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Levon Helm, soul of The Band, rambles on

By Quinn Brown, CNN
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Levon Helm's Midnight Ramble
  • Levon Helm had throat cancer, was facing huge medical bills
  • Former Band drummer and vocalist started music bash at his house
  • Concerts have become the Midnight Ramble
  • Helm has won two Grammy Awards in recent years
  • Music
  • Grammy Awards

Woodstock, New York (CNN) -- When the last decade began, Levon Helm was voiceless and nearly homeless.

The Band's drummer, whose treasured drawl gave soul to rock 'n' roll classics such as "The Weight" and "The Night They Drove Old Dixie Down," was fighting several battles. Throat cancer had taken his voice. Medical bills were threatening his house.

"You got to pick one -- pay your medical bills or pay the mortgage. Most people can't do both, and I'm no different," he says.

So The Barn, as the residence is known around Helm's adopted hometown of Woodstock, became the setting to what he called a "last celebration. We thought we were moving on down the line."

Not quite. Instead, The Barn became the center of an unlikely and unrivaled rock 'n' roll revival.

The Barn is the setting of the Midnight Ramble, now an internationally renowned concert experience. The venue itself is a recording studio built onto Helm's house, and as one might expect, it is a uniquely intimate setting for live music. The weekly Ramble concerts attract not only sell-out crowds but all-star support. Musicians such as Kris Kristofferson, Emmylou Harris, Steve Earle and Donald Fagen have all sat in with Helm's house band, which includes Larry Campbell, Teresa Williams, Howard Johnson and Amy Helm (Levon's daughter).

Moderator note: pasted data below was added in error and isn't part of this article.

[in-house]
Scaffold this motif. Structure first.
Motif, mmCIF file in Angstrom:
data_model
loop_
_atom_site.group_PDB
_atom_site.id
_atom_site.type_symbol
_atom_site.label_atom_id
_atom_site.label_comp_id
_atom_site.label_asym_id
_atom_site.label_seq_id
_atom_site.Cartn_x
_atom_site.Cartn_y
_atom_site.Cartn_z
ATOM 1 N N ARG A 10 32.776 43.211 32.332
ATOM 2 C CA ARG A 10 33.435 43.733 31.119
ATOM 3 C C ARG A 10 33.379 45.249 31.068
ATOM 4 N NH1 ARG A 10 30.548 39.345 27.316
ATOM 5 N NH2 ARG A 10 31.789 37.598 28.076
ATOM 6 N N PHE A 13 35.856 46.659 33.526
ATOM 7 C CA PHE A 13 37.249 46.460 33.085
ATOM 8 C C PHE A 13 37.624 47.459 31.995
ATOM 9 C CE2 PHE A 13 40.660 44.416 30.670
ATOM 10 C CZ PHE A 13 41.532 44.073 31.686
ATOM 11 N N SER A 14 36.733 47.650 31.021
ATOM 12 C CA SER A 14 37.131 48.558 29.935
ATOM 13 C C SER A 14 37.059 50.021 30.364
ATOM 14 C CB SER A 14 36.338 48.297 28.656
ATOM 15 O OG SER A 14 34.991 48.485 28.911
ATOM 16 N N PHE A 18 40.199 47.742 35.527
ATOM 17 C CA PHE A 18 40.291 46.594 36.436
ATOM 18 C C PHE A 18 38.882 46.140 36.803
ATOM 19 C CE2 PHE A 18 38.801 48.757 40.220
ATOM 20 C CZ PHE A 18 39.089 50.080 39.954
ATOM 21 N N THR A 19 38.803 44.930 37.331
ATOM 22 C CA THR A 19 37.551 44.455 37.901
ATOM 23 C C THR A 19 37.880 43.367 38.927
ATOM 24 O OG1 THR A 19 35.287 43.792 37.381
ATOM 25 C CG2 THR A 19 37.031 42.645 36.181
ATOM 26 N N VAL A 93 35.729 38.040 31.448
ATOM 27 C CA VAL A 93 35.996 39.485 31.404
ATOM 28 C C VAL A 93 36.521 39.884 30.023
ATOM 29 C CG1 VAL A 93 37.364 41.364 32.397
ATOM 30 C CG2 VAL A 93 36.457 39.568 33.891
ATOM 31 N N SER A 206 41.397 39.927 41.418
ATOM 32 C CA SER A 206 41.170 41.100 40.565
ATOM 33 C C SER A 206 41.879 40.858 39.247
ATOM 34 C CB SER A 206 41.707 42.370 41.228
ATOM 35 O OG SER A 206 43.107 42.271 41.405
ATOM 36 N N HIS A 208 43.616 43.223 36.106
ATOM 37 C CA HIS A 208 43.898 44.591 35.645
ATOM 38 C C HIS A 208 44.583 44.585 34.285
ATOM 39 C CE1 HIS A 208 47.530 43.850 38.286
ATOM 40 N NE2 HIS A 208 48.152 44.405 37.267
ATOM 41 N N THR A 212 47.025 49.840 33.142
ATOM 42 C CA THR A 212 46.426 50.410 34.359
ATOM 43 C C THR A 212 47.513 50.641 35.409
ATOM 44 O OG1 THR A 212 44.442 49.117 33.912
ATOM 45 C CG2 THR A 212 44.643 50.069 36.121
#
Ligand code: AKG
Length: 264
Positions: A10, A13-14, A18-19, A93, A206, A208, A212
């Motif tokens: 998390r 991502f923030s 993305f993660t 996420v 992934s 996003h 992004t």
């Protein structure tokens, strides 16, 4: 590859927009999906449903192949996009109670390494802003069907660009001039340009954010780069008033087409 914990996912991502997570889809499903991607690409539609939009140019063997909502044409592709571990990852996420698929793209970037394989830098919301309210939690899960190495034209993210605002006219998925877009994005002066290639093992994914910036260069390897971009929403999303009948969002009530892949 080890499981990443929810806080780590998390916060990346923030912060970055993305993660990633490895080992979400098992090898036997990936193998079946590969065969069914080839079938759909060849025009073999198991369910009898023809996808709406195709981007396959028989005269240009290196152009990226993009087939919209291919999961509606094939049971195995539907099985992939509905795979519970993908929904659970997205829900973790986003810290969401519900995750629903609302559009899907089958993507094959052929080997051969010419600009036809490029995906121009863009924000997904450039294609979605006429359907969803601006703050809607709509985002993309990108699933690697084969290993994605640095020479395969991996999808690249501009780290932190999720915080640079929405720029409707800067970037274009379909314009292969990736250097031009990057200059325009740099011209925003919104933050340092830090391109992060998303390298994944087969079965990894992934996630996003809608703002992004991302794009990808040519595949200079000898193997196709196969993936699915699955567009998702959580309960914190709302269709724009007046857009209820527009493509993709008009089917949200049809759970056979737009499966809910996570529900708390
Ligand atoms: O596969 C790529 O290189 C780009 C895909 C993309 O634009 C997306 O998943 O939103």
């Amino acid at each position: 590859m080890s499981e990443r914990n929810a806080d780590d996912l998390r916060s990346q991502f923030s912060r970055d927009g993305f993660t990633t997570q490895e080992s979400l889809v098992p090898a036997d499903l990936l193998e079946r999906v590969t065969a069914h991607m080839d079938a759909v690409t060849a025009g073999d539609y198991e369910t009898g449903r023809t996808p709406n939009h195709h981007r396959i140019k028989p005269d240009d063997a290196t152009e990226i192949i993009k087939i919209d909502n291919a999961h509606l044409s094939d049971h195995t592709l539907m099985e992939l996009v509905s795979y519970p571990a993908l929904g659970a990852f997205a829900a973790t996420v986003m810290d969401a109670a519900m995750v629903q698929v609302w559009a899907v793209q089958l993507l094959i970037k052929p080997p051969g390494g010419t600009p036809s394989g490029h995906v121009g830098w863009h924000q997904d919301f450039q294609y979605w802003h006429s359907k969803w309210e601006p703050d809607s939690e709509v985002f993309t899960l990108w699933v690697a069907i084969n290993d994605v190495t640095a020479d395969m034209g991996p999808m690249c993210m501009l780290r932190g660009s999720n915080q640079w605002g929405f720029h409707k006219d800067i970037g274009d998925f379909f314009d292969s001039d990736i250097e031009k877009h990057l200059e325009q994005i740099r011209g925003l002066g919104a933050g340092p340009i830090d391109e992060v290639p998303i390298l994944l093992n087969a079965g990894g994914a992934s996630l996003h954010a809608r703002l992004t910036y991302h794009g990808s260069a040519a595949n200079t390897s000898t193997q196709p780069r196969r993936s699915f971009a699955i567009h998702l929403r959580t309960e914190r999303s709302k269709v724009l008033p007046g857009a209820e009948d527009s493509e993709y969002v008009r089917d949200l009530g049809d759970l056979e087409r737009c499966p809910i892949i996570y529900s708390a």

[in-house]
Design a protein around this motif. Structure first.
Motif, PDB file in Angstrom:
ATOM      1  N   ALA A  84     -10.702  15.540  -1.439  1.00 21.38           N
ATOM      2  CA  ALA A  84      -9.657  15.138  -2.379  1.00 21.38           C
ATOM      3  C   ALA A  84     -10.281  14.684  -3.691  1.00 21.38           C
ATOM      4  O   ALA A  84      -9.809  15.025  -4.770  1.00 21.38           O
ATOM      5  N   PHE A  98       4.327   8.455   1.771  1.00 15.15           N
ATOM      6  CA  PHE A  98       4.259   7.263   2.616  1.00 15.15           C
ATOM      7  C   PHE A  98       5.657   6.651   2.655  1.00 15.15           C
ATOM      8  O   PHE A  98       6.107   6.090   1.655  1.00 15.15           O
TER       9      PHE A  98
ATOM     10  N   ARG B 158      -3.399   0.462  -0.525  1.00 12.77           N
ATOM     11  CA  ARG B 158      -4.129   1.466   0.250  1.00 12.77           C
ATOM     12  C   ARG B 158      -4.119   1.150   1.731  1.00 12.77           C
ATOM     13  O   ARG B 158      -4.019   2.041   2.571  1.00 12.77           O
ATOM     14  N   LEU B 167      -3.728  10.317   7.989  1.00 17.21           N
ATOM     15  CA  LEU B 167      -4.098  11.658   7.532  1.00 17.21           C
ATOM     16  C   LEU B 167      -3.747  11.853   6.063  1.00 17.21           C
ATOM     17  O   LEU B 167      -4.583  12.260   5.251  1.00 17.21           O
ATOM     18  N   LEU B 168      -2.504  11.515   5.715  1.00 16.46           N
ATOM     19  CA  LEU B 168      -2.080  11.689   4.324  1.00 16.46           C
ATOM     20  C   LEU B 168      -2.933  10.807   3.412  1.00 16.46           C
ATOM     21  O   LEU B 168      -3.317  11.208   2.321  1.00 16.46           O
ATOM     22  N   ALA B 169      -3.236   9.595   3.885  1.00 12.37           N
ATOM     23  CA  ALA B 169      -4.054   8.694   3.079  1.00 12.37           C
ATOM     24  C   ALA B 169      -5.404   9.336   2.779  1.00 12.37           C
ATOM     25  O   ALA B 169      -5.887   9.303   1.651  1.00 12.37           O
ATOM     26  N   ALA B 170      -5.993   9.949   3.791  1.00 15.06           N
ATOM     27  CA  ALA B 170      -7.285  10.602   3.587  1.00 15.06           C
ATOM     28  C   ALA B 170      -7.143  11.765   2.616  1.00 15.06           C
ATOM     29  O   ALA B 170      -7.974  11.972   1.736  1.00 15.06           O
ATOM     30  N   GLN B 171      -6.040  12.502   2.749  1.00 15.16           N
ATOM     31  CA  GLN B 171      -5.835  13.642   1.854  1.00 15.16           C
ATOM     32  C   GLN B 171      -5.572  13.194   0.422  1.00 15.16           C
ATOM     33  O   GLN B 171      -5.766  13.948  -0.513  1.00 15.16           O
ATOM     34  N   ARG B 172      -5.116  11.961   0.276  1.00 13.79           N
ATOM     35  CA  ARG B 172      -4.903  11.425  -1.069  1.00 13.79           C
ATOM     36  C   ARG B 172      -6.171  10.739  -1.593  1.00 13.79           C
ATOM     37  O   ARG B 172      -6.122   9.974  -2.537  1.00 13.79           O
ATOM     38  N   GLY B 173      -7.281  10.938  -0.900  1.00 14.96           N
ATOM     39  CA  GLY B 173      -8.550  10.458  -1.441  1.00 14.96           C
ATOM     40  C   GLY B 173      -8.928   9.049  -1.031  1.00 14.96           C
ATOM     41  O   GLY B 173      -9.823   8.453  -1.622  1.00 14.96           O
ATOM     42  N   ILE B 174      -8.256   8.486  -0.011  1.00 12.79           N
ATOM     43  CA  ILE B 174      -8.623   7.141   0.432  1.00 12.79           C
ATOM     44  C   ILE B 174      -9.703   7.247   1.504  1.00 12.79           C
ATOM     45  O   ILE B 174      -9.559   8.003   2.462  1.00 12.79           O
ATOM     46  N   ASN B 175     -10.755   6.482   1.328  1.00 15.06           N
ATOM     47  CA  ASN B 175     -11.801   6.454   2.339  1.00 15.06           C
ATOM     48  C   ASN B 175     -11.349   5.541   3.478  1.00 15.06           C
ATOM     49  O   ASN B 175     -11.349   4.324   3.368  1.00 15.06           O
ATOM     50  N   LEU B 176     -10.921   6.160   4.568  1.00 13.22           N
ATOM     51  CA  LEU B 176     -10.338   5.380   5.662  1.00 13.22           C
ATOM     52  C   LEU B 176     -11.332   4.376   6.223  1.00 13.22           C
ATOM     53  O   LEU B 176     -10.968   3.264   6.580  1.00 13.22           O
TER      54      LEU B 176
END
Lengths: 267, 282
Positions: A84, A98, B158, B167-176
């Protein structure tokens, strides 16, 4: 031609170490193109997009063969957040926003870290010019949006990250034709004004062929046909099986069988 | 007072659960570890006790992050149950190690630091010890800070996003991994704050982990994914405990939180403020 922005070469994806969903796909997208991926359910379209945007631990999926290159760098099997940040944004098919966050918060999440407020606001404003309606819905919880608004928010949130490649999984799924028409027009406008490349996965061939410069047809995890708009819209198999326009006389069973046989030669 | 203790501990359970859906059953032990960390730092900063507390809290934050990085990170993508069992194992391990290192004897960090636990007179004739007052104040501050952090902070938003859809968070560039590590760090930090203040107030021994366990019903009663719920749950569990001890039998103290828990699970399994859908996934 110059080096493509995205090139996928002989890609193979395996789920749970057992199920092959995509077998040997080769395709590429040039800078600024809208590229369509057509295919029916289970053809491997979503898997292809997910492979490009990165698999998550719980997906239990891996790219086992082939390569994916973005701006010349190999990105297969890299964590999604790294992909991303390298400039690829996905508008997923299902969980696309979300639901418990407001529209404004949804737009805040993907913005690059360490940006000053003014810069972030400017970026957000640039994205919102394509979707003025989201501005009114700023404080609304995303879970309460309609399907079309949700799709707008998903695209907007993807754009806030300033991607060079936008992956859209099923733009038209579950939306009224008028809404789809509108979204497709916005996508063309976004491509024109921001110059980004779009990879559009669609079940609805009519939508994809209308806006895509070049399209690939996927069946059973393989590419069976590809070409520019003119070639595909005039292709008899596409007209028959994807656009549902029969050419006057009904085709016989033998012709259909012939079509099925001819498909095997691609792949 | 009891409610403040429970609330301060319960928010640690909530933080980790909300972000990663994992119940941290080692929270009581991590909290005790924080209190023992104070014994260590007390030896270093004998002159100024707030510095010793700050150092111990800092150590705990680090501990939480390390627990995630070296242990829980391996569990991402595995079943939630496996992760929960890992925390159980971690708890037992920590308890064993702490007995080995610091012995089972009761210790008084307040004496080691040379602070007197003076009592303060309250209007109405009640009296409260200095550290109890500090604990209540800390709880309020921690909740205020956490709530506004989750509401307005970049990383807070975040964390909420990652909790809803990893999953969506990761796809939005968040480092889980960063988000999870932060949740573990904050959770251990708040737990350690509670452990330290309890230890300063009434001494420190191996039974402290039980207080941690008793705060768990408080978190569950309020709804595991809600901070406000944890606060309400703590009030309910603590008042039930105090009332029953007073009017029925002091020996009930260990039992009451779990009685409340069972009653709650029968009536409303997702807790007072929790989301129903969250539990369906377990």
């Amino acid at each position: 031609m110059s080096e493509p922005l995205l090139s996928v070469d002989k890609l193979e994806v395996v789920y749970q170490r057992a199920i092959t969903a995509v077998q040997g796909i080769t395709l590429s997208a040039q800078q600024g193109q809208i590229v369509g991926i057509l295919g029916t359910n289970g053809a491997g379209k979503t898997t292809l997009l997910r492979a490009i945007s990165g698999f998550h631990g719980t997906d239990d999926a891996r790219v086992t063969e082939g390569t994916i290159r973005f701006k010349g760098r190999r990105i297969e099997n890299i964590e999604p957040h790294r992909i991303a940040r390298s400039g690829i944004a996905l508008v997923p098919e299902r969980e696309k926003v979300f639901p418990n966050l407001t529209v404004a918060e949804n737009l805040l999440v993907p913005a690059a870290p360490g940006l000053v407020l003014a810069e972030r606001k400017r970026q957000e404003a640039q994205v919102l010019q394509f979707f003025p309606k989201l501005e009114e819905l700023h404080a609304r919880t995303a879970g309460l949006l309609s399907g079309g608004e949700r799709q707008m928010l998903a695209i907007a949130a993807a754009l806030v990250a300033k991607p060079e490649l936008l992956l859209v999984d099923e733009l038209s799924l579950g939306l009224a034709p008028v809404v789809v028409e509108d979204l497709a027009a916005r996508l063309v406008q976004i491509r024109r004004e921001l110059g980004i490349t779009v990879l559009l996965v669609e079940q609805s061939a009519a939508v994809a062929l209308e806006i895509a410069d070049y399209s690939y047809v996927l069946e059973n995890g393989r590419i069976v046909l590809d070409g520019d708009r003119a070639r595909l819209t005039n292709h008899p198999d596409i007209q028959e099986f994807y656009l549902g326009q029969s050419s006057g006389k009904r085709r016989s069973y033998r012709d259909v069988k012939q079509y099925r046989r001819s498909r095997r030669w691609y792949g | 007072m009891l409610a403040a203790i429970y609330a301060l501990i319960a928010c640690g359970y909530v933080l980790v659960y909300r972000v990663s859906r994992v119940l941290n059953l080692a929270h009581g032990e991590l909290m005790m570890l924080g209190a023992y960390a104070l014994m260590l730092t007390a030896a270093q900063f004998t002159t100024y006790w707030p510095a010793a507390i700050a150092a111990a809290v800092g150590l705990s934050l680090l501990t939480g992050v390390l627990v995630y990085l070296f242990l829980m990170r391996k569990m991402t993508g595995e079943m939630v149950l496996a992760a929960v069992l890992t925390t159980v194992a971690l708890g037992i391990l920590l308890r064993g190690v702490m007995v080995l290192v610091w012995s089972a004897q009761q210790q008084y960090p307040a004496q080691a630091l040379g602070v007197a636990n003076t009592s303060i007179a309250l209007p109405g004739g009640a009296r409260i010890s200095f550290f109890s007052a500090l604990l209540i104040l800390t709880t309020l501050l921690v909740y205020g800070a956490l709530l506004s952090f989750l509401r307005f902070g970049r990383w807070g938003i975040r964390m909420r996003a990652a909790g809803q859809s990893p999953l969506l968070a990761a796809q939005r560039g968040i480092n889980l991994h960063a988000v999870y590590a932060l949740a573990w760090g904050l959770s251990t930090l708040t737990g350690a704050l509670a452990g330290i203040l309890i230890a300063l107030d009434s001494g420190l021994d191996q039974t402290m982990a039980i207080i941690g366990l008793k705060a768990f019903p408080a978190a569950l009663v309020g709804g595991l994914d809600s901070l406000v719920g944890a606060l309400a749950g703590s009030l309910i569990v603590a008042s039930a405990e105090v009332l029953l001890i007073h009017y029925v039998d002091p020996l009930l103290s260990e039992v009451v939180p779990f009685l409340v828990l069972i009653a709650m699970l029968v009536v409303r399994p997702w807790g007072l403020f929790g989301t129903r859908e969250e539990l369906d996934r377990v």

The result not only paid the bills but led to a creative resurgence for Helm, with his collaborations with Campbell and Amy Helm producing back-to-back Grammy-winning albums: 2007's "Dirt Farmer" and 2009's "Electric Dirt."

"[Those albums] represent a lot of satisfaction for us. Everybody worked so hard," says Helm. "Larry didn't sleep the whole project. It was a band effort."

Helm was born in Elaine, Arkansas, and went on to become the back beat and the backbone of The Band. His musical identity took shape at what he calls "the old traveling medicine tent shows" that would come around the South in the fall of every year.

"They had comedians and wine and music. Always a lot of music," he says.

Now Helm has his own medicine show -- and he's taken it on the road as well. In the past two years, the traveling tent show has made appearances at Bonnaroo, Newport Folk Festival, and the Greek Theater in Los Angeles, California. But its soul is always back in Woodstock.

For his 70th birthday in late May, Helm -- in full, if now gravelly, voice -- was back home with a few hundred guests. "Most of these people here I know them by name," he says. "For all of 'em to show up and celebrate -- it's the best way."

Levon Helm Studios opened the Barn's doors to CNN cameras earlier this summer.